LOMIRA — “Our cows are black and white but the issues are not,” said Dr. Jennifer Van Os, a researcher and professor at the University of Wisconsin-Madison.

Van Os’ research focuses on understanding, evaluating and improving the welfare of dairy animals from a biological perspective. She shared her findings with dairy producers at last week’s Dodge-Fond du Lac County Forage Council meeting at Lomira.

Van Os received her Ph.D. in the interdisciplinary animal behavior graduate program at the University of California-Davis and conducted postdoctoral research in the Department of Animal Science at UC Davis and with the animal welfare program at the University of British Columbia.

Before earning her degree, however, she said she was just like the other millennials in her age bracket who are interested in where their food comes from.

She describes millennials as those born between 1981 and 1996 who have a deep desire to make the world a better place. They grew up with computers, video games and cell phones.

“Why do we care what they think?” she said. “Because they make up the majority of the workers in the U.S. and are 40 percent of the consumers.”

Van Os did not grow up on a farm and after college she went to California where she got into surfing and horseback riding and was on the front end of the group of people who were interested in where their food came from.

She read Michael Palin’s books and describes him as a good writer who had no understanding of agriculture.

She and other millennials were also interested in documentaries like “Cowspiracy: The Sustainability Secret” a production claiming that livestock farming is destroying the earth and “Eating Animals”, another documentary that has a lot of false information about farming.

“The producers of these documentaries are in the business of storytelling,” she said. “They are not trained in investigative reporting and they know nothing about agriculture. They are entertainers.”

Van Os said the reason they are so successful in influencing consumers is because their storytelling techniques get at people’s emotions.

Eventually she started to think a lot about how this false information that is not science and fact based was hurting agriculture. That’s when she went back to school to learn more about animal welfare.

“As a millennial, I felt I had good intentions but as time went by I realized farmers do, too,” she said.

In her studies she looked at shared values of consumers and dairy producers. Where there are differences she is then able to help dairy farmers learn how to address the issues.

She said consumers are concerned about pain the animals may have when it comes to things like lameness or dehorning. Relaying the message about how animals are cared for to alleviate pain will therefore be important.

Consumers like to see animals socially happy so sharing stories about how calves are moved in groups and stay with their “friends” will help consumers get a better understanding of management practices.

“Don’t use economics in an argument,” she said. “Statements like, ‘we take care of our cows because they take care of us’ mean nothing to consumers.

“The writing is on the wall that changes are coming,” Van Os said. “We don’t want the same thing to happen in dairy that happened with the chicken industry.”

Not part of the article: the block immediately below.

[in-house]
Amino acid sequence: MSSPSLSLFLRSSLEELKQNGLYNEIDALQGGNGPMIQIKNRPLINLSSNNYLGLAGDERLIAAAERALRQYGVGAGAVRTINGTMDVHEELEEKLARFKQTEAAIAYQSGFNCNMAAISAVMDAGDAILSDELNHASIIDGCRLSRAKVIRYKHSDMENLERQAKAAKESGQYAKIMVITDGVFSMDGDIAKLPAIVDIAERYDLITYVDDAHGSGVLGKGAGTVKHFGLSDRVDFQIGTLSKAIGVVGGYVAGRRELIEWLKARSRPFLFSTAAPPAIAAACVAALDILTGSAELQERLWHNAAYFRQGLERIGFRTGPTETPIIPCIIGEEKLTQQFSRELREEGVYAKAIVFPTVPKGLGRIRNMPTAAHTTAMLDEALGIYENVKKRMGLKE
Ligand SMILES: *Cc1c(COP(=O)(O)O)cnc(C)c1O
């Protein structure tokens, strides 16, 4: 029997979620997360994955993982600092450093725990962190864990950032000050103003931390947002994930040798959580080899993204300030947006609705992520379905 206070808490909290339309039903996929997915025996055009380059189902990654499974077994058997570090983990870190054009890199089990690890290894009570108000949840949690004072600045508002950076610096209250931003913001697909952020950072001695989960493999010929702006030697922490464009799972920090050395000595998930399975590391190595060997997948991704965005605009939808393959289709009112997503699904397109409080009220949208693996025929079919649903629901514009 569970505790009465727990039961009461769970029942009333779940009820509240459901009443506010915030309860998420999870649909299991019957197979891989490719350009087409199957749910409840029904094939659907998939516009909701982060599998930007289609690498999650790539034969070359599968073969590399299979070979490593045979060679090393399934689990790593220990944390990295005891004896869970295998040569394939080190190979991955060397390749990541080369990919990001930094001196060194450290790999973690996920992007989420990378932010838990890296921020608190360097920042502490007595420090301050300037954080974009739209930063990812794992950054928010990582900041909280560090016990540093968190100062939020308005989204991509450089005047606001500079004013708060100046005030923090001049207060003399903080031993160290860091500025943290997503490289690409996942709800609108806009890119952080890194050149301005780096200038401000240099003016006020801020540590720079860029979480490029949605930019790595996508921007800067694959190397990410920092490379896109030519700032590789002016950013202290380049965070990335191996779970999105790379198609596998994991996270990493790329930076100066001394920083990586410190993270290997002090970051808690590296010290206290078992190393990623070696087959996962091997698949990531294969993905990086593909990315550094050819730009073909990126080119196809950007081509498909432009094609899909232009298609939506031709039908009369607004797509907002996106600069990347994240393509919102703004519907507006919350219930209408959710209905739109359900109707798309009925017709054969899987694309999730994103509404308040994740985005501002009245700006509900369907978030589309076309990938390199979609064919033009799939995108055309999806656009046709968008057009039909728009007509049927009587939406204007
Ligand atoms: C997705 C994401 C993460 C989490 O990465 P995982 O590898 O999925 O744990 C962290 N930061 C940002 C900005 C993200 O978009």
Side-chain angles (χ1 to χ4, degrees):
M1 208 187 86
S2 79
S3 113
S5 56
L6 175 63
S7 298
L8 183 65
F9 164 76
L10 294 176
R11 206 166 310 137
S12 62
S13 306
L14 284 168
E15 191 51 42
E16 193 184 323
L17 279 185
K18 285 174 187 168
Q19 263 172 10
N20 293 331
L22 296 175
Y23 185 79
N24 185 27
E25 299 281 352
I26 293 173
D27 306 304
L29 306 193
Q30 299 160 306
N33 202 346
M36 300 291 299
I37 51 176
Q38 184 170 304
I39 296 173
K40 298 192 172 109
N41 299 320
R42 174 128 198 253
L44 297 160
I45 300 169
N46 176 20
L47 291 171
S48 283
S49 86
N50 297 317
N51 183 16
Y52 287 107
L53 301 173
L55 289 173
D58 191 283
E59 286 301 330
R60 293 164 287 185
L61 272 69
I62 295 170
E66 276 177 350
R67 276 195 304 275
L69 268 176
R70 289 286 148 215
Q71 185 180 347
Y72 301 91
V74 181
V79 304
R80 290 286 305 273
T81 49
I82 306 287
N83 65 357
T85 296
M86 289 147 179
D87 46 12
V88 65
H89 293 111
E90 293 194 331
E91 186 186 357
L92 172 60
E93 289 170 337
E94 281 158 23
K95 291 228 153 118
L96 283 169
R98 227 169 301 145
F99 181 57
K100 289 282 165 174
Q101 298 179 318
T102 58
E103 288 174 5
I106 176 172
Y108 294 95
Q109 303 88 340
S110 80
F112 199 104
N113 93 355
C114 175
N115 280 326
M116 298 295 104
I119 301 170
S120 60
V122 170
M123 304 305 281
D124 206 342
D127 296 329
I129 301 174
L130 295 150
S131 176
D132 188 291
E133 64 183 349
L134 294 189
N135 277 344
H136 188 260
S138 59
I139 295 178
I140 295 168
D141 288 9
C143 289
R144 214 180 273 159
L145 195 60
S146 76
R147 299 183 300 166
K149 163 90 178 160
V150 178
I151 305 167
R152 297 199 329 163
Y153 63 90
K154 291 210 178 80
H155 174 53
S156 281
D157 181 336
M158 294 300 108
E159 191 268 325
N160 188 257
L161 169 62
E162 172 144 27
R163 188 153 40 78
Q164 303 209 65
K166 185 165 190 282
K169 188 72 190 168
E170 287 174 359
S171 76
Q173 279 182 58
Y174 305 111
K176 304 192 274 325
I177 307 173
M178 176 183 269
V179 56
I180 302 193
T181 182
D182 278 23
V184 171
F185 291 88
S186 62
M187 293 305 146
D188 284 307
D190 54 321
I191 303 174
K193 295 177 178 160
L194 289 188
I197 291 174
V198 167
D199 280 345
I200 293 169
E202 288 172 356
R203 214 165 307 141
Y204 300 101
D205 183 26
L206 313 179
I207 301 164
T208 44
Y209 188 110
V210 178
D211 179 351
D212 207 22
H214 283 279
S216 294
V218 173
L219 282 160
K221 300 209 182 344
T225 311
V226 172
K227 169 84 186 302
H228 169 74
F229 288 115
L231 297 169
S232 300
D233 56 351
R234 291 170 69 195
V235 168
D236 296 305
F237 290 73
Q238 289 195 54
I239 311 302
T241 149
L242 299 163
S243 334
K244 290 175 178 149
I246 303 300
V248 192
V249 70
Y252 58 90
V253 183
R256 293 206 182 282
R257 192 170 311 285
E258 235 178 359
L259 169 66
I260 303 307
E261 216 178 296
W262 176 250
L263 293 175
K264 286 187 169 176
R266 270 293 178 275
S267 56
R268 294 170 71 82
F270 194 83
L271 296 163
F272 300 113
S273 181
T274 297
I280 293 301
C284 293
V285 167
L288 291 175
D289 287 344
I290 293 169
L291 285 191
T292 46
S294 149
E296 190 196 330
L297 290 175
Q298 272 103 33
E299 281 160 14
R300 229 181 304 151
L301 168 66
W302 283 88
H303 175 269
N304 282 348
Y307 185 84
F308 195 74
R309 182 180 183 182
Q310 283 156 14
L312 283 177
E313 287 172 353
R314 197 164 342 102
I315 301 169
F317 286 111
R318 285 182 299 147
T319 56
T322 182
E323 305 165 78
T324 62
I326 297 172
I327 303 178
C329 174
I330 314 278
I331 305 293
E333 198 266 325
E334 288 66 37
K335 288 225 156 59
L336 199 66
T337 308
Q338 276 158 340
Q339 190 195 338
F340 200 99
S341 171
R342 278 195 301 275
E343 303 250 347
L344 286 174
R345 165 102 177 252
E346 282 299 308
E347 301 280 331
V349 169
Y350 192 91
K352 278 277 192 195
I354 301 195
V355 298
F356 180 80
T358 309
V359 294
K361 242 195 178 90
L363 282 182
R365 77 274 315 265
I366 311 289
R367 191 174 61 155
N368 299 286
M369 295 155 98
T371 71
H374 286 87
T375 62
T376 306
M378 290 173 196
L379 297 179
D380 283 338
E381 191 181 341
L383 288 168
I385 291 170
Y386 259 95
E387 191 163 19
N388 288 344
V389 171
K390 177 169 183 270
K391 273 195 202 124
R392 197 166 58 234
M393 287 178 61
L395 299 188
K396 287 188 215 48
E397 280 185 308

She stresses the importance of looking at research regarding various systems of raising animals.

In California, for instance, the original law regarding how chickens can be raised resulted in more chicken mortality because the system that consumers wanted was not the system that was healthiest for the chickens.

She advises farms to be transparent about what they are doing and acknowledge the shared values — things where consumers and producers see eye to eye.

“Don’t sugar coat things, but be honest because they will see right through you,” she said. “Knowing what consumers care about will help in knowing which things to emphasize in conversations.”

She uses cow brushes as an example. Mentioning that they keep cows clean is an economic reason for using them but pointing out how much the cows enjoy them will be more important.

Stressing cow comfort from the cow’s point of view rather than the economic point of view will go a lot further with consumers, she said.

As a dairy scientist she is continually striving to learn more about animal welfare.

She said, “I welcome collaborations with others who seek to promote the sustainability of the dairy industry and to improve quality of life for dairy animals.”

Van Os made her remarks at the joint meeting of the Dodge-Fond du lac Forage Councils, hosted by the Michel’s family at Lomira.

What began as a 49-cow farm in 1982 has grown into an operation involving 325 cows. Cows are milked twice per day in a 40-cow stanchion barn with 20 units.

Visitors had an opportunity to tour the farm and see the family’s modern calf facility.

The Michels enjoy the opportunity to welcome visitors to their farm to learn about where their food comes from.

As a part of the Ag Ambassador’s Day on the Farm Program, area school children spend a day learning about farming. The Michels have been hosts four times for the program. Each time more than 800 children from all over Fond du Lac, Oakfield, Campbellsport, Lomira and Eden are bussed to their farm for a day of experiences to expand their knowledge about agriculture. They have also hosted the Fond du Lac County Dairy Breakfast and other events.

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